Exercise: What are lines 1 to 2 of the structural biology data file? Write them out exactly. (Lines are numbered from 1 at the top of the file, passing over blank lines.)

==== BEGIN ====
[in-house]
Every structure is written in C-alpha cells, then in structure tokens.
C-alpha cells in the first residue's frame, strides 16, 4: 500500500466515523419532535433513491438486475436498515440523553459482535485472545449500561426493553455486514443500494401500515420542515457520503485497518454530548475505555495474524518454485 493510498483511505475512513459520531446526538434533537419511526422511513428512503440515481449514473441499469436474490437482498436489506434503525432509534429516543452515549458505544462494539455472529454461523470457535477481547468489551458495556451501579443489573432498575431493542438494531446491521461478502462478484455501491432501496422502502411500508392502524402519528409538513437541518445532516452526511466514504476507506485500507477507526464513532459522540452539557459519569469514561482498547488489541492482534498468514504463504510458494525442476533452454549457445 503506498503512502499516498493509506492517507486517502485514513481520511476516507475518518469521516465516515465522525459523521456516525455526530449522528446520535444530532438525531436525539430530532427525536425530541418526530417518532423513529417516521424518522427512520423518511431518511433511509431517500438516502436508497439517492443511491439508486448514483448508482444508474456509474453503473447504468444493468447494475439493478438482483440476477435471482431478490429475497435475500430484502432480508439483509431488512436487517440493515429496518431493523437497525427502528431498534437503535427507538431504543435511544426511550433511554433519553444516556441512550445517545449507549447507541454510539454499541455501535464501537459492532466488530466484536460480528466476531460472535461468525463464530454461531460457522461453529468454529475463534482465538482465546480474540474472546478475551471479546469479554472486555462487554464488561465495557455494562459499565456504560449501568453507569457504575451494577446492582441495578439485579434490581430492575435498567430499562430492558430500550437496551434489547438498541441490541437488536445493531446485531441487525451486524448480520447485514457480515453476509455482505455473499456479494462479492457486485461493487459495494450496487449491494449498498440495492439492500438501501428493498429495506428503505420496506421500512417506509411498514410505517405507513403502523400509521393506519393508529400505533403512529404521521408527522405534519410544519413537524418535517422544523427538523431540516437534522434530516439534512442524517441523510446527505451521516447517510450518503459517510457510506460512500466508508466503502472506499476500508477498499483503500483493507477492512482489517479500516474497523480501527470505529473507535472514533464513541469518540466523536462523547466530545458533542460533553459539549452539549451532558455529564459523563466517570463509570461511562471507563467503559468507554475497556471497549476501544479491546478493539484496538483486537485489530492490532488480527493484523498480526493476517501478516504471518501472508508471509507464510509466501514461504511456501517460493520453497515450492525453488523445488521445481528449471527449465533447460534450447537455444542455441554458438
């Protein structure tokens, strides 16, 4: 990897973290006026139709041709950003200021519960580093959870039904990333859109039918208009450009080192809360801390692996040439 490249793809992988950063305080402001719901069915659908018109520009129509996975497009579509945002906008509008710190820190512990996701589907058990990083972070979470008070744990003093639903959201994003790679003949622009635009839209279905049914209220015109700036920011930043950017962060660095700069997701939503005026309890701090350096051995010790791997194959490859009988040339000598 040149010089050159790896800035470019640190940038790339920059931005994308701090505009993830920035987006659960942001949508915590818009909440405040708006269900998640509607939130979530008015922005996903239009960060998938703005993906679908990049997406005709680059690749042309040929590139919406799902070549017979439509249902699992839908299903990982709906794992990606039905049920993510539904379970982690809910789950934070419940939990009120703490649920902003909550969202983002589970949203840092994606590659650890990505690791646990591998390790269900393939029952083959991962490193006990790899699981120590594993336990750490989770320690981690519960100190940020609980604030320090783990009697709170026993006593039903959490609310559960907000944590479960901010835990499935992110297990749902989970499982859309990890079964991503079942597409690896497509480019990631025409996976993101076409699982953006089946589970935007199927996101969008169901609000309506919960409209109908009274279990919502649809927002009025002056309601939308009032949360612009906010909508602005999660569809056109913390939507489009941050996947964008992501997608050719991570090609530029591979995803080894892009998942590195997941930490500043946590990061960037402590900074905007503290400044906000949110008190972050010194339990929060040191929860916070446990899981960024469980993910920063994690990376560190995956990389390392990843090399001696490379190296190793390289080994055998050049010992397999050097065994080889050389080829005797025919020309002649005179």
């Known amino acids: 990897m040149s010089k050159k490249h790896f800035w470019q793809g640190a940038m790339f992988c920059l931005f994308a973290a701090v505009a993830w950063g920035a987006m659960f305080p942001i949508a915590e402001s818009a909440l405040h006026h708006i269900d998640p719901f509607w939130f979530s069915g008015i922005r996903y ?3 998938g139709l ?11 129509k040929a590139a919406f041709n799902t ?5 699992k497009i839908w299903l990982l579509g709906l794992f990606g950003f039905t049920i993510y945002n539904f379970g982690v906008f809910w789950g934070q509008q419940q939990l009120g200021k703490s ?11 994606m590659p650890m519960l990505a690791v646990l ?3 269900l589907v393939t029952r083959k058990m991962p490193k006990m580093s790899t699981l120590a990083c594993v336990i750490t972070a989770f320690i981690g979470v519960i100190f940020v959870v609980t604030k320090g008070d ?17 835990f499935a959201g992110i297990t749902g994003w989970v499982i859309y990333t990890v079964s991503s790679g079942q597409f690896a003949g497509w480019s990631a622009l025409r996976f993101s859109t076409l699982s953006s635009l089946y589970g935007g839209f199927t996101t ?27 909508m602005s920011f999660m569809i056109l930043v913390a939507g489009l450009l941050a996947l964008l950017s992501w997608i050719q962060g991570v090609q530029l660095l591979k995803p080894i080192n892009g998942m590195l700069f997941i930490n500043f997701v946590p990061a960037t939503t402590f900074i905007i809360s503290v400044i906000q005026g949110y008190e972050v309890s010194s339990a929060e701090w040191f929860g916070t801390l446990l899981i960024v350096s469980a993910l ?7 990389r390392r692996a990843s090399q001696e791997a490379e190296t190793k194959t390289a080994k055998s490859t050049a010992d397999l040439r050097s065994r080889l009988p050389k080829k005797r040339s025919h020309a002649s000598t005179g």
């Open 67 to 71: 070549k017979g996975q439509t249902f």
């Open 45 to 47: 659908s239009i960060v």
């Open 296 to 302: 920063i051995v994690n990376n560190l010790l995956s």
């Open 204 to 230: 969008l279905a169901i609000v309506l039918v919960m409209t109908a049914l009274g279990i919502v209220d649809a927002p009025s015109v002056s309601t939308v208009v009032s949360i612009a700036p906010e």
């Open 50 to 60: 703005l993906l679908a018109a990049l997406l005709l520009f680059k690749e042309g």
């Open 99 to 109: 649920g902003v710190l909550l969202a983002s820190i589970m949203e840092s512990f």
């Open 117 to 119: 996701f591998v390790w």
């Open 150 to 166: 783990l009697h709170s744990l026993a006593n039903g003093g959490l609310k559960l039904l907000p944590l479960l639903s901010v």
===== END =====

[in-house]
Every structure is written in C-alpha cells, then in structure tokens.